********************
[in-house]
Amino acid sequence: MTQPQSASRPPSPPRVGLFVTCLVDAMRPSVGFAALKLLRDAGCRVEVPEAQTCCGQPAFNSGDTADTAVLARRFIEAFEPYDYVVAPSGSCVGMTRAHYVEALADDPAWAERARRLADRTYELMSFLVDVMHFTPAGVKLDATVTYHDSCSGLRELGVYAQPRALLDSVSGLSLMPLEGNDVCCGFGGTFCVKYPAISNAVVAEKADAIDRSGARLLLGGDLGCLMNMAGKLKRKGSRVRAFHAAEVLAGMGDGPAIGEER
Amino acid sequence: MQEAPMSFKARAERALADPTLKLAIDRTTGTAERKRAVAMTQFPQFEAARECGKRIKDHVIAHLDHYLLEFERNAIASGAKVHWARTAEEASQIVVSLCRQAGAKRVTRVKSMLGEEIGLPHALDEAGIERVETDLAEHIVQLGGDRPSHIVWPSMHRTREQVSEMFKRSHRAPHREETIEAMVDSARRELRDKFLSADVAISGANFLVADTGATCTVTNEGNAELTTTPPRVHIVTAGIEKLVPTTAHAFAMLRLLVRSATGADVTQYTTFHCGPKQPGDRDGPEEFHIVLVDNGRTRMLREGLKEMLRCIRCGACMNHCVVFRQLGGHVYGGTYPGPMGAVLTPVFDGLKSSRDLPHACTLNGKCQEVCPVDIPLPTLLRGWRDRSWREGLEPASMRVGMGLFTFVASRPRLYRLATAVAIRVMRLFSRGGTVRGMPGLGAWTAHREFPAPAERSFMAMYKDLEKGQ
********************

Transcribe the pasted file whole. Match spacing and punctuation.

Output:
[in-house]
Amino acid sequence: MTQPQSASRPPSPPRVGLFVTCLVDAMRPSVGFAALKLLRDAGCRVEVPEAQTCCGQPAFNSGDTADTAVLARRFIEAFEPYDYVVAPSGSCVGMTRAHYVEALADDPAWAERARRLADRTYELMSFLVDVMHFTPAGVKLDATVTYHDSCSGLRELGVYAQPRALLDSVSGLSLMPLEGNDVCCGFGGTFCVKYPAISNAVVAEKADAIDRSGARLLLGGDLGCLMNMAGKLKRKGSRVRAFHAAEVLAGMGDGPAIGEER
Amino acid sequence: MQEAPMSFKARAERALADPTLKLAIDRTTGTAERKRAVAMTQFPQFEAARECGKRIKDHVIAHLDHYLLEFERNAIASGAKVHWARTAEEASQIVVSLCRQAGAKRVTRVKSMLGEEIGLPHALDEAGIERVETDLAEHIVQLGGDRPSHIVWPSMHRTREQVSEMFKRSHRAPHREETIEAMVDSARRELRDKFLSADVAISGANFLVADTGATCTVTNEGNAELTTTPPRVHIVTAGIEKLVPTTAHAFAMLRLLVRSATGADVTQYTTFHCGPKQPGDRDGPEEFHIVLVDNGRTRMLREGLKEMLRCIRCGACMNHCVVFRQLGGHVYGGTYPGPMGAVLTPVFDGLKSSRDLPHACTLNGKCQEVCPVDIPLPTLLRGWRDRSWREGLEPASMRVGMGLFTFVASRPRLYRLATAVAIRVMRLFSRGGTVRGMPGLGAWTAHREFPAPAERSFMAMYKDLEKGQ